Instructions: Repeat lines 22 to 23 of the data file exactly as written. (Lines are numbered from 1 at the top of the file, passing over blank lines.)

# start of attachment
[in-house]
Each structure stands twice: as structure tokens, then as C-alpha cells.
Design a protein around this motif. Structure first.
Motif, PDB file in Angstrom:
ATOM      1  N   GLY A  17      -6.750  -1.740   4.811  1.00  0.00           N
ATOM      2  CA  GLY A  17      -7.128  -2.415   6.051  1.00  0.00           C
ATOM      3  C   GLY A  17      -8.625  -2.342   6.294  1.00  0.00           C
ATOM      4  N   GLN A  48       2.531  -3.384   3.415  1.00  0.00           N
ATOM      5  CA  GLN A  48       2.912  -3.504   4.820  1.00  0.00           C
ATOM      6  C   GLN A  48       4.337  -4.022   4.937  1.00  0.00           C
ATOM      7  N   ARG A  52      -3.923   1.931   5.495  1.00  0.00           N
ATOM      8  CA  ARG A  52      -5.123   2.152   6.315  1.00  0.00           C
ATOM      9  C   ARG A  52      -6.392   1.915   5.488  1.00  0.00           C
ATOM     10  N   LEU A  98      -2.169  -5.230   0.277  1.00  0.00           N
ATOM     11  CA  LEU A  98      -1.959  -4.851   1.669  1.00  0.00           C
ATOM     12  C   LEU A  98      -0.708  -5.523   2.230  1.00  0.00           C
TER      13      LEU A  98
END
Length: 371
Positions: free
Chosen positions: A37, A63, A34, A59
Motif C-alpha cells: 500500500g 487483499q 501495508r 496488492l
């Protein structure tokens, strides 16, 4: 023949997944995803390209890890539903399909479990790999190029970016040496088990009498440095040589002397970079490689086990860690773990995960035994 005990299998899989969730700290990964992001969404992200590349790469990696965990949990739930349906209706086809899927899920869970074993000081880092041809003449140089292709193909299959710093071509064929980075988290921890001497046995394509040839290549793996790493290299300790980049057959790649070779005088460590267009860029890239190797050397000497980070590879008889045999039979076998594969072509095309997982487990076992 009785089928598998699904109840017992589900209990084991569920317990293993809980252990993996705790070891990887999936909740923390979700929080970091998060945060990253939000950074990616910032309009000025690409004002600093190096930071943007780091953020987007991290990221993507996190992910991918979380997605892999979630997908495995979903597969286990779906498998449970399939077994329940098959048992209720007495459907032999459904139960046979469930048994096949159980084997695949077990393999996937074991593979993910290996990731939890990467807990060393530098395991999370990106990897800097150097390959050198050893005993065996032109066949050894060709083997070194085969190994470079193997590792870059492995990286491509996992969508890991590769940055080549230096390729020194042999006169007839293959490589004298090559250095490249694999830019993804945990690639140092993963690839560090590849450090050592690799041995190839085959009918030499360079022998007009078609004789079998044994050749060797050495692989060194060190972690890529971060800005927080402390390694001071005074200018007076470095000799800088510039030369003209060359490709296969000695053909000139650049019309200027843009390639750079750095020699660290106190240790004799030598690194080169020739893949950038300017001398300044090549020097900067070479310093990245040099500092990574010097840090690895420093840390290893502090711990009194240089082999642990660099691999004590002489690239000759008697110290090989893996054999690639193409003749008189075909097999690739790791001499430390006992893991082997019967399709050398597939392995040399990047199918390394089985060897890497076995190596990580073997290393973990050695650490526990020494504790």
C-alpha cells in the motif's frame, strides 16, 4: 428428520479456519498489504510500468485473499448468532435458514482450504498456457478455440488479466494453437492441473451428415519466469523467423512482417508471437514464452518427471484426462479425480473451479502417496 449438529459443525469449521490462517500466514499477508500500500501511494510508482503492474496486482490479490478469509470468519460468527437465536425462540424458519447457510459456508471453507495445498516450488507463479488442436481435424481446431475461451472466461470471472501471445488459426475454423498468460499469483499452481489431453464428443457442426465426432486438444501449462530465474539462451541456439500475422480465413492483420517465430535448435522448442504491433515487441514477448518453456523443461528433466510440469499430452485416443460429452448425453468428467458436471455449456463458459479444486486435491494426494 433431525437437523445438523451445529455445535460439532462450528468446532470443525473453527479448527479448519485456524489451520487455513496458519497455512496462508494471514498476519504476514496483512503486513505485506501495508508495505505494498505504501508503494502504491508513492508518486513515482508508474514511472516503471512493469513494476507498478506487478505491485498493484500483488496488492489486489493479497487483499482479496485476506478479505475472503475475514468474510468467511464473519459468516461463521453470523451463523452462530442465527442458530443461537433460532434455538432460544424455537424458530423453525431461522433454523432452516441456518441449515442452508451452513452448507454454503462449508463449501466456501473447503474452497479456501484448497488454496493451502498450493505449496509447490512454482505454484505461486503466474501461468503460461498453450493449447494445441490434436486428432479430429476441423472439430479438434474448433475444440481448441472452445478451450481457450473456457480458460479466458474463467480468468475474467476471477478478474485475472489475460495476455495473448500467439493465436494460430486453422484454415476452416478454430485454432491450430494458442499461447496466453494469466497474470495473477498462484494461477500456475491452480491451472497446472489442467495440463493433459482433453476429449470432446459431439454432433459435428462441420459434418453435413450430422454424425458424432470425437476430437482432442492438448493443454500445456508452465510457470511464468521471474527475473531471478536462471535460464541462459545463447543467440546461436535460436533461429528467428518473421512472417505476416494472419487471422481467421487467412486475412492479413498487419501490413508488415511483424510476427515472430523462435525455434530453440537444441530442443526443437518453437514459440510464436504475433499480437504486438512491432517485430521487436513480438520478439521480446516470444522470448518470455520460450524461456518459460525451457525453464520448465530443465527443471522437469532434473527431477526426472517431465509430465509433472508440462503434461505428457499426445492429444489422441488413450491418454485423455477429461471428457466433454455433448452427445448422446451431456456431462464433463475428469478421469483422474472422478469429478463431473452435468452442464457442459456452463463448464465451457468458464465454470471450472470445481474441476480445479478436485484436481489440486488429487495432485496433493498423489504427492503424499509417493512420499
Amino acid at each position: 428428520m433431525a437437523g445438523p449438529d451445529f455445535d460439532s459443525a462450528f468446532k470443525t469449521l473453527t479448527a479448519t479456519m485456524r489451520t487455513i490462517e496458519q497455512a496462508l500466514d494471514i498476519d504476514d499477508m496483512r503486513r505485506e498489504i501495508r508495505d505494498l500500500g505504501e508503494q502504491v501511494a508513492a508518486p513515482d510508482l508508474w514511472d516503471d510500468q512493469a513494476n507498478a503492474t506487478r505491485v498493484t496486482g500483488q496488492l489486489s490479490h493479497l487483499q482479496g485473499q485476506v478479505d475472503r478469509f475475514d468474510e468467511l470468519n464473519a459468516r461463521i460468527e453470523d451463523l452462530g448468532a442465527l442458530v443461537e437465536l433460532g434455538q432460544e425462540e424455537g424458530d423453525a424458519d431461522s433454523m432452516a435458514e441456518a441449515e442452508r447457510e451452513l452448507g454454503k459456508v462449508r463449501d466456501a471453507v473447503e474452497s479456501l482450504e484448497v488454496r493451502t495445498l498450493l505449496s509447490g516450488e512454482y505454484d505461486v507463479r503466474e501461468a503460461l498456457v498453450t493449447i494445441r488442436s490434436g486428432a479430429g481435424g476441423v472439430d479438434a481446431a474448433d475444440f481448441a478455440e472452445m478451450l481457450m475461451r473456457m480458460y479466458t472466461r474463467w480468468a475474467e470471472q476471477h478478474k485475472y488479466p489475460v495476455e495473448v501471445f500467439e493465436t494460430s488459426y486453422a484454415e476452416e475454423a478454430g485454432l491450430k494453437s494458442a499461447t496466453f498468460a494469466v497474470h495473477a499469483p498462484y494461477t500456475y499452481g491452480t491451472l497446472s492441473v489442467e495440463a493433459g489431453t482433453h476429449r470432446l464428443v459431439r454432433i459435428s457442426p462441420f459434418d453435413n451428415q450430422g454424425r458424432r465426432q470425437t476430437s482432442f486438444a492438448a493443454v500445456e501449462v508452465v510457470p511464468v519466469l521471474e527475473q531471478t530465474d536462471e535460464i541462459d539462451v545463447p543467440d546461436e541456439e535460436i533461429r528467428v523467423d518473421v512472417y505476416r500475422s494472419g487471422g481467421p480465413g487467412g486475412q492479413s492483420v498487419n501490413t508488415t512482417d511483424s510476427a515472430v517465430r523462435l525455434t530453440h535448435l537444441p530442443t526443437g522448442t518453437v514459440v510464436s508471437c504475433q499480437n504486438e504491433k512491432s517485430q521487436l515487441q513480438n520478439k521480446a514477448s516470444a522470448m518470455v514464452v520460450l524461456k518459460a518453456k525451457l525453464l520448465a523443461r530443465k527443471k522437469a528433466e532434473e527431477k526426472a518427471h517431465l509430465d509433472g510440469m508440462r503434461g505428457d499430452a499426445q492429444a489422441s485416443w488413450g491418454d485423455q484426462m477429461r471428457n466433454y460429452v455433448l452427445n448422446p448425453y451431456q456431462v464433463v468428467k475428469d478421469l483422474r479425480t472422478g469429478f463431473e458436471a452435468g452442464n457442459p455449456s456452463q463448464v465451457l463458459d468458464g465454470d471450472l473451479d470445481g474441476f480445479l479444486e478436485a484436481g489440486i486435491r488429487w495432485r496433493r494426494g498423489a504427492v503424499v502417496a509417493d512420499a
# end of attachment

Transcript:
Motif C-alpha cells: 500500500g 487483499q 501495508r 496488492l
């Protein structure tokens, strides 16, 4: 023949997944995803390209890890539903399909479990790999190029970016040496088990009498440095040589002397970079490689086990860690773990995960035994 005990299998899989969730700290990964992001969404992200590349790469990696965990949990739930349906209706086809899927899920869970074993000081880092041809003449140089292709193909299959710093071509064929980075988290921890001497046995394509040839290549793996790493290299300790980049057959790649070779005088460590267009860029890239190797050397000497980070590879008889045999039979076998594969072509095309997982487990076992 009785089928598998699904109840017992589900209990084991569920317990293993809980252990993996705790070891990887999936909740923390979700929080970091998060945060990253939000950074990616910032309009000025690409004002600093190096930071943007780091953020987007991290990221993507996190992910991918979380997605892999979630997908495995979903597969286990779906498998449970399939077994329940098959048992209720007495459907032999459904139960046979469930048994096949159980084997695949077990393999996937074991593979993910290996990731939890990467807990060393530098395991999370990106990897800097150097390959050198050893005993065996032109066949050894060709083997070194085969190994470079193997590792870059492995990286491509996992969508890991590769940055080549230096390729020194042999006169007839293959490589004298090559250095490249694999830019993804945990690639140092993963690839560090590849450090050592690799041995190839085959009918030499360079022998007009078609004789079998044994050749060797050495692989060194060190972690890529971060800005927080402390390694001071005074200018007076470095000799800088510039030369003209060359490709296969000695053909000139650049019309200027843009390639750079750095020699660290106190240790004799030598690194080169020739893949950038300017001398300044090549020097900067070479310093990245040099500092990574010097840090690895420093840390290893502090711990009194240089082999642990660099691999004590002489690239000759008697110290090989893996054999690639193409003749008189075909097999690739790791001499430390006992893991082997019967399709050398597939392995040399990047199918390394089985060897890497076995190596990580073997290393973990050695650490526990020494504790």